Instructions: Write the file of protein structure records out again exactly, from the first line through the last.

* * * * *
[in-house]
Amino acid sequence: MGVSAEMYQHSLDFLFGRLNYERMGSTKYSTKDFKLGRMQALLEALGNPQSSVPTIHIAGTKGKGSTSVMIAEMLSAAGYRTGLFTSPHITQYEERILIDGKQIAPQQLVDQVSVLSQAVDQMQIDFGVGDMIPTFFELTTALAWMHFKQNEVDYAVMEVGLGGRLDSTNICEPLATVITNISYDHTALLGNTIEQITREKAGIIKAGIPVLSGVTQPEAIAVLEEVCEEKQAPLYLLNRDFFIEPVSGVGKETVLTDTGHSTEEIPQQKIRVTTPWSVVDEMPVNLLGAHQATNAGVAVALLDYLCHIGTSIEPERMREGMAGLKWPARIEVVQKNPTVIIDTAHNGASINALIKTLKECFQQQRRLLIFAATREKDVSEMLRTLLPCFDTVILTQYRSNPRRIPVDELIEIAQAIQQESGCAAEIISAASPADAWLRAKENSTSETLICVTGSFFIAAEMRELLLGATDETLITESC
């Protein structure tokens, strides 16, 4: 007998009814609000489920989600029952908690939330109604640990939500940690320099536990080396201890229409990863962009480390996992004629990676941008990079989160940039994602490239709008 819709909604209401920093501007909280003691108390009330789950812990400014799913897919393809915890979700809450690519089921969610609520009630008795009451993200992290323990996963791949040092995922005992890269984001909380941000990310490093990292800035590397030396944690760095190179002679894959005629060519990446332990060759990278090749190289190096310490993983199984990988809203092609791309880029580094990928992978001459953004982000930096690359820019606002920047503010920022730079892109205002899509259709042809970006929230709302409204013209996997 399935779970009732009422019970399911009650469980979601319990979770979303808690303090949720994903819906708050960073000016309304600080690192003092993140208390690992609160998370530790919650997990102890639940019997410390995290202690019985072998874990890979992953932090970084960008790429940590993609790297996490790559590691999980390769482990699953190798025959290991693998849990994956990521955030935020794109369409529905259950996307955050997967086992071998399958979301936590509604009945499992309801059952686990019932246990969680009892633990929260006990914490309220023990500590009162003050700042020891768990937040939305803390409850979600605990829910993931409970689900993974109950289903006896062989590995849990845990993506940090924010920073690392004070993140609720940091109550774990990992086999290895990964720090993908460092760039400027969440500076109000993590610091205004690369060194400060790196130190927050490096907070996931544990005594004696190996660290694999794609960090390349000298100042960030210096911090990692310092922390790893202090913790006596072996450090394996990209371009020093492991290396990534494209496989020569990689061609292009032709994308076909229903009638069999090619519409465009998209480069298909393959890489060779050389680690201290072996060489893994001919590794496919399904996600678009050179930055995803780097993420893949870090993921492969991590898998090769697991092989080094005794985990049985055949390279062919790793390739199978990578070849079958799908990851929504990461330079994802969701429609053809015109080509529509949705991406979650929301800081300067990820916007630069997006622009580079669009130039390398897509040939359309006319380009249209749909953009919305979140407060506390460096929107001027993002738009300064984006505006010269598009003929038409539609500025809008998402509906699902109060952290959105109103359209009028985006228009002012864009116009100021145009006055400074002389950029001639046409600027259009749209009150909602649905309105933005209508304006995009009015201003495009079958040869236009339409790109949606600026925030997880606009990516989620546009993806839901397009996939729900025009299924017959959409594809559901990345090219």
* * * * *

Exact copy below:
[in-house]
Amino acid sequence: MGVSAEMYQHSLDFLFGRLNYERMGSTKYSTKDFKLGRMQALLEALGNPQSSVPTIHIAGTKGKGSTSVMIAEMLSAAGYRTGLFTSPHITQYEERILIDGKQIAPQQLVDQVSVLSQAVDQMQIDFGVGDMIPTFFELTTALAWMHFKQNEVDYAVMEVGLGGRLDSTNICEPLATVITNISYDHTALLGNTIEQITREKAGIIKAGIPVLSGVTQPEAIAVLEEVCEEKQAPLYLLNRDFFIEPVSGVGKETVLTDTGHSTEEIPQQKIRVTTPWSVVDEMPVNLLGAHQATNAGVAVALLDYLCHIGTSIEPERMREGMAGLKWPARIEVVQKNPTVIIDTAHNGASINALIKTLKECFQQQRRLLIFAATREKDVSEMLRTLLPCFDTVILTQYRSNPRRIPVDELIEIAQAIQQESGCAAEIISAASPADAWLRAKENSTSETLICVTGSFFIAAEMRELLLGATDETLITESC
């Protein structure tokens, strides 16, 4: 007998009814609000489920989600029952908690939330109604640990939500940690320099536990080396201890229409990863962009480390996992004629990676941008990079989160940039994602490239709008 819709909604209401920093501007909280003691108390009330789950812990400014799913897919393809915890979700809450690519089921969610609520009630008795009451993200992290323990996963791949040092995922005992890269984001909380941000990310490093990292800035590397030396944690760095190179002679894959005629060519990446332990060759990278090749190289190096310490993983199984990988809203092609791309880029580094990928992978001459953004982000930096690359820019606002920047503010920022730079892109205002899509259709042809970006929230709302409204013209996997 399935779970009732009422019970399911009650469980979601319990979770979303808690303090949720994903819906708050960073000016309304600080690192003092993140208390690992609160998370530790919650997990102890639940019997410390995290202690019985072998874990890979992953932090970084960008790429940590993609790297996490790559590691999980390769482990699953190798025959290991693998849990994956990521955030935020794109369409529905259950996307955050997967086992071998399958979301936590509604009945499992309801059952686990019932246990969680009892633990929260006990914490309220023990500590009162003050700042020891768990937040939305803390409850979600605990829910993931409970689900993974109950289903006896062989590995849990845990993506940090924010920073690392004070993140609720940091109550774990990992086999290895990964720090993908460092760039400027969440500076109000993590610091205004690369060194400060790196130190927050490096907070996931544990005594004696190996660290694999794609960090390349000298100042960030210096911090990692310092922390790893202090913790006596072996450090394996990209371009020093492991290396990534494209496989020569990689061609292009032709994308076909229903009638069999090619519409465009998209480069298909393959890489060779050389680690201290072996060489893994001919590794496919399904996600678009050179930055995803780097993420893949870090993921492969991590898998090769697991092989080094005794985990049985055949390279062919790793390739199978990578070849079958799908990851929504990461330079994802969701429609053809015109080509529509949705991406979650929301800081300067990820916007630069997006622009580079669009130039390398897509040939359309006319380009249209749909953009919305979140407060506390460096929107001027993002738009300064984006505006010269598009003929038409539609500025809008998402509906699902109060952290959105109103359209009028985006228009002012864009116009100021145009006055400074002389950029001639046409600027259009749209009150909602649905309105933005209508304006995009009015201003495009079958040869236009339409790109949606600026925030997880606009990516989620546009993806839901397009996939729900025009299924017959959409594809559901990345090219």